Yet his agony was palpable. That artificial leg, crude by today’s standards of $80,000 computer-controlled servo motors or even blades, already had 2,500 kms on it, racked up at a stubborn pace of four km per hour. 


Let’s be clear. Terry didn’t roll out of bed and start running marathons. Terry had always been a competitive athlete, especially basketball. When he lost his leg he became a wheelchair basketball All-Star. 


And like all athletes, Terry trained every day for years preparing for the Marathon of Hope. As he increased his mileage, he suffered bone bruises and shin splints and it became a process of pain management.

“Sometimes the beginning is the hard part. You have to take the first fifteen or twenty minutes to get warmed up. Then you get over a pain threshold.”

“Usually the pain came in different stages,” he said. “Sometimes the beginning is the hard part. You have to take the first fifteen or twenty minutes to get warmed up. Then you get over a pain threshold.”


By August 1979 he was running ten miles a day and five months later he was up to 20 miles a day and planning to hit 30 by April. He’d also lined up sponsors to defray costs along the way of his 4,000 mile quest.


Terry dipped his right leg into the Atlantic Ocean in St. John’s harbour at 2:45 p.m. on April 12, 1980 and while the Marathon of Hope had a promising start in Newfoundland, by Nova Scotia and New Brunswick, things were grim: Few crowds, fewer donations and little support from the Canadian Cancer Society.

Quebec was even worse with the police ordering him off the main highway where he was at least visible to potential donors fearing he’d be hit by a vehicle.

Things changed as he crossed into Ontario where he received a daily police escort while I’d been on the job stoking the publicity machine.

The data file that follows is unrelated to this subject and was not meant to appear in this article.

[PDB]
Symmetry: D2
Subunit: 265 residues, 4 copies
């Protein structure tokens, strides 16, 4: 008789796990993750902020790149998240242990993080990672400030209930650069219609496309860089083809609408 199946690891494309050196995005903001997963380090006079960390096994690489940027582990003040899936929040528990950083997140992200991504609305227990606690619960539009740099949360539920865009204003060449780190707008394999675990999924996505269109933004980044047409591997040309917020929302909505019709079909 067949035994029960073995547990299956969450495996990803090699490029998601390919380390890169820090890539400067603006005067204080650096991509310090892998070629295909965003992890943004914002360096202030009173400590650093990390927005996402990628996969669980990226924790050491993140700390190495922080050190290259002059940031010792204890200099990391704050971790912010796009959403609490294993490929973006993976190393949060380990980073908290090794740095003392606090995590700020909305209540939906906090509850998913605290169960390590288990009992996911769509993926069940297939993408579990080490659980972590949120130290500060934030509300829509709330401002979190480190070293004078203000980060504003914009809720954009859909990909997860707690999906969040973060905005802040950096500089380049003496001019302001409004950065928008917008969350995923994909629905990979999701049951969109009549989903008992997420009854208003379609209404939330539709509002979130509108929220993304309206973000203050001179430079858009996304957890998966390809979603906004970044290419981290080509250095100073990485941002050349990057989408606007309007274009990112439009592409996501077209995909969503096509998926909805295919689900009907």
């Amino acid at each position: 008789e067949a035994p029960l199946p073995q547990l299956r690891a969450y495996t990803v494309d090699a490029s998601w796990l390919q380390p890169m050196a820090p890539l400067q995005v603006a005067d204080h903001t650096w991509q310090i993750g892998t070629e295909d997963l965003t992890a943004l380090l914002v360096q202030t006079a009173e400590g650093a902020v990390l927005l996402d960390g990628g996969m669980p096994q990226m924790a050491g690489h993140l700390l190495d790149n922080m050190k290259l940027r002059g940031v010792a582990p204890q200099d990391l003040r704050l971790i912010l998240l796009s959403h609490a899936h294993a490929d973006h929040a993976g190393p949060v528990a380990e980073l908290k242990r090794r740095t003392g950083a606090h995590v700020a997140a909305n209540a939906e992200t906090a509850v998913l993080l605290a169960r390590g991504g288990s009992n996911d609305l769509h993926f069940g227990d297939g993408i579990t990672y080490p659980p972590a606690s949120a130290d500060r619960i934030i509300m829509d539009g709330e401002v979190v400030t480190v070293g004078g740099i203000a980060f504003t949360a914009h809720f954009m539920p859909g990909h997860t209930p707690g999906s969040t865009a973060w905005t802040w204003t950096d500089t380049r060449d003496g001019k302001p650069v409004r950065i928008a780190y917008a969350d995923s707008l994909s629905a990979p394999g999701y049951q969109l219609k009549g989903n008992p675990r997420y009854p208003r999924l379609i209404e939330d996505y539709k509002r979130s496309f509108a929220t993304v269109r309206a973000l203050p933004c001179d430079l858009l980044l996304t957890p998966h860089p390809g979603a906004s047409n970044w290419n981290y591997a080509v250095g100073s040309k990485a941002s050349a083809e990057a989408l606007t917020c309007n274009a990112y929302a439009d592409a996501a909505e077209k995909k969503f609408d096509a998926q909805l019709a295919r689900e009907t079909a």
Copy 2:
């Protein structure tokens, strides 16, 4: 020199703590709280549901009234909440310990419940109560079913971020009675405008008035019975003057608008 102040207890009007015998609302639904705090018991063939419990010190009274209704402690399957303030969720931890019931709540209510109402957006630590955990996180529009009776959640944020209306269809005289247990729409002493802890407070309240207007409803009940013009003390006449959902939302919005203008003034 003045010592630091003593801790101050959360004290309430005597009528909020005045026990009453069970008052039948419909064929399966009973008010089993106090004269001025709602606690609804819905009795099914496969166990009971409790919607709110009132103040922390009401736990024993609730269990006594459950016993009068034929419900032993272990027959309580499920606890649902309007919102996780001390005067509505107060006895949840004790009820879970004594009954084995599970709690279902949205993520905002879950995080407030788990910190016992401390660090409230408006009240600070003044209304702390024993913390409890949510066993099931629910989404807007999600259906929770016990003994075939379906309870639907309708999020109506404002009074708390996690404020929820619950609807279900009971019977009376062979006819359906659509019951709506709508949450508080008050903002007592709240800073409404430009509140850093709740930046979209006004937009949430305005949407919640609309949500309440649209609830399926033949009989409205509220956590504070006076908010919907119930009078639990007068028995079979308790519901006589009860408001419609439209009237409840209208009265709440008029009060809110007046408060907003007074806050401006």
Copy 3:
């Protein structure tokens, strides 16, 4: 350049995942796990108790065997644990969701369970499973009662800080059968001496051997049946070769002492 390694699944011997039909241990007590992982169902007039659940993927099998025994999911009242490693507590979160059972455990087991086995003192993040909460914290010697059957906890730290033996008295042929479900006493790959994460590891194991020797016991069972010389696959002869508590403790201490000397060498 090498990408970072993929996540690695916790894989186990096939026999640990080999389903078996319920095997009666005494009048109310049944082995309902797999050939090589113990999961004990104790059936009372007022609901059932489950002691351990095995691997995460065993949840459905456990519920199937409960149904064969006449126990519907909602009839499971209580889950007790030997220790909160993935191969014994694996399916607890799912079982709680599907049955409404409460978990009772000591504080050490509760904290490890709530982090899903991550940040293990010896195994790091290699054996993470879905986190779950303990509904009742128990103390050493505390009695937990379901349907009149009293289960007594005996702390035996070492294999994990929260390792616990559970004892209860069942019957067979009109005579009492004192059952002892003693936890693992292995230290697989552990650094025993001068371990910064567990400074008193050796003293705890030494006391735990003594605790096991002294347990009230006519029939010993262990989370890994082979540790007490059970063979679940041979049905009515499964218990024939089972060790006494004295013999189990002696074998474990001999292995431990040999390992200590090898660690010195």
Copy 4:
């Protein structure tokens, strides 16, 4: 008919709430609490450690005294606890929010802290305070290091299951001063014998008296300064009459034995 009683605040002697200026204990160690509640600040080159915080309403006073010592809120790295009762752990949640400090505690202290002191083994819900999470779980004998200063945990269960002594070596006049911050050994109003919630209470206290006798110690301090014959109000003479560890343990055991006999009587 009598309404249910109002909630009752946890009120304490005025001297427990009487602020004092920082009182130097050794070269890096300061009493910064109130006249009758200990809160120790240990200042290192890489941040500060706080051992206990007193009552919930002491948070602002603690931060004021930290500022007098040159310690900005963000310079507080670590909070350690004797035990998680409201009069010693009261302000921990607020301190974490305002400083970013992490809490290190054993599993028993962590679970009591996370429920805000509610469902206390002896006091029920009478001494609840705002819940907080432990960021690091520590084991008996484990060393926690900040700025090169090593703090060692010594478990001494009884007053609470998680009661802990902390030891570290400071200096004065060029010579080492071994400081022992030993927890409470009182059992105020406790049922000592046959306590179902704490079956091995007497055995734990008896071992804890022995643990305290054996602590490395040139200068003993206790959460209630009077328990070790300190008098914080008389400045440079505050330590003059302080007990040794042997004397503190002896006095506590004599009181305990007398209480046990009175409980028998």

When he arrived in Ottawa for Canada Day 1980 massive crowds celebrating the nation’s birthday also welcomed him. That support grew to a tsunami as he headed west to Toronto. When he arrived three weeks later there were throngs lining the streets all the way downtown and an incredible hero’s welcome at Nathan Philips Square.

He was now a legend and crowds waited in every town. Terry chose not to run the most direct route across Canada, but to expose himself to the most people and maximize donations.


How did he do it? Terry ran one telephone pole at a time and thought only of the kids in the cancer ward. He was running for them. There was but one goal, to defeat cancer.


Sadly, Terry ran out of road on approaching Thunder Bay September 1, 1980, some 143 days and 3,339 miles or 5,373 kilometres into the Marathon of Hope. He never ran again.

Terry passed June 28, 1981 but his legacy lives on. Today more than a million people run in Terry Fox Marathons of Hope in Canada, the US, Cuba, China and around the world and have raised more than $1 billion for Cancer Research.


The cure is out there and we’re getting closer, one telephone pole at a time.

Terry & Me: The Inside Story of Terry Fox’s Marathon of Hope is available at major bookstores, or here

Made for the Ones You Love

Who else is in need of recipe inspiration? We’re giving you a trio of recipes for a fabulous Valentine’s Day dinner. Plus each one is easy enough you can easily add it into your weekly menu rotation.

Recipes by: Charmaine Broughton

Photo & Food Styling by: Meagan Broughton @eattrainadventure

Parsnip & Apple Soup

Apples and parsnips are the basis for this rich and cream soup. Try using ripe Bosc or Bartlett pears instead of apple, and try carrots if you don’t have parsnips on hand. Plus this soup can also be packed for lunch the next day. (Makes: 6 cups)

1 Tbsp (15 ml) vegetable oil

1 onion, sliced